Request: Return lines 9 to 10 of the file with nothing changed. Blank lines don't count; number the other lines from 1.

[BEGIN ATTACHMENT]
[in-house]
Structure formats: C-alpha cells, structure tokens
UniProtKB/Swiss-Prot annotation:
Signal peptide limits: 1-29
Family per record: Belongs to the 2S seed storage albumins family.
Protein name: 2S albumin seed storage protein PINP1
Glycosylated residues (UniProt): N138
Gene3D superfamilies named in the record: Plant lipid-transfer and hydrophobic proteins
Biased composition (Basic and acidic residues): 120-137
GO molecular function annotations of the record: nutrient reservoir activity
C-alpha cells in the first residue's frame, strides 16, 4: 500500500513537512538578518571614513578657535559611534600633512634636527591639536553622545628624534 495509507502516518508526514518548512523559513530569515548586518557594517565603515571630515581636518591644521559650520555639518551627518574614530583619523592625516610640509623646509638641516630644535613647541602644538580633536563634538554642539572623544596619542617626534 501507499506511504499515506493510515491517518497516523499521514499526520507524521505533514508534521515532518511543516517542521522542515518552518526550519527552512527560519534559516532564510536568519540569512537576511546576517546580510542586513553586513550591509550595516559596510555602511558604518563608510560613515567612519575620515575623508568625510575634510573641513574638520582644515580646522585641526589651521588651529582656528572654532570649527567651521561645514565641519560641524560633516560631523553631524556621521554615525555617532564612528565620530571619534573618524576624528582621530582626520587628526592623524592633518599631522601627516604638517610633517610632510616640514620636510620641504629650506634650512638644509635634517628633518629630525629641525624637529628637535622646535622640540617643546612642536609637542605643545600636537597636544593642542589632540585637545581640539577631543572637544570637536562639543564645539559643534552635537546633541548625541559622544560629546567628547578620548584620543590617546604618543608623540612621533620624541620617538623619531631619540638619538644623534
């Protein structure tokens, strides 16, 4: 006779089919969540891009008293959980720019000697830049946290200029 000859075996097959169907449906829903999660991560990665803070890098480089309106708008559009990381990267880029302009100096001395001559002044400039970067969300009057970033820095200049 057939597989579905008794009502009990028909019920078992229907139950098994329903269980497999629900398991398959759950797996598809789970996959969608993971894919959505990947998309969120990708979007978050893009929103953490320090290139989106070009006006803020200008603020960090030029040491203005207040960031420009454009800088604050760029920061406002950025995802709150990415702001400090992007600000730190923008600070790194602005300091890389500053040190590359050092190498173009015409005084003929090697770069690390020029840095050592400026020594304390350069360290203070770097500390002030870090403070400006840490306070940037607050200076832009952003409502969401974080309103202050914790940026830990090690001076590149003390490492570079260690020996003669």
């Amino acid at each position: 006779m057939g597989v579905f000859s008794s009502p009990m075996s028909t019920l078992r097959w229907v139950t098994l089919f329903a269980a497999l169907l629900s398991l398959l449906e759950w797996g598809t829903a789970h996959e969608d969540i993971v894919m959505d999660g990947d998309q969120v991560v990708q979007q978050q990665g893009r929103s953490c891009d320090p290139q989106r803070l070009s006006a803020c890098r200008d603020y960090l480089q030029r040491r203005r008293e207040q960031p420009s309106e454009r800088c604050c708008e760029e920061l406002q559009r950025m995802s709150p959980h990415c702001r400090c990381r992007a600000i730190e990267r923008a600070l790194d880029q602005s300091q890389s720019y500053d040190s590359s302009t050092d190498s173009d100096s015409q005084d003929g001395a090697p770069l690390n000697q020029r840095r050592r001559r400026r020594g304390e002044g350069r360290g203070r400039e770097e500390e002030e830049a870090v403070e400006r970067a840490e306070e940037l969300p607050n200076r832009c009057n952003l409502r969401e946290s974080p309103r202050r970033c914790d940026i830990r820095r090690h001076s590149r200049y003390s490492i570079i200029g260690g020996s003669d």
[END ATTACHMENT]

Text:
Biased composition (Basic and acidic residues): 120-137
GO molecular function annotations of the record: nutrient reservoir activity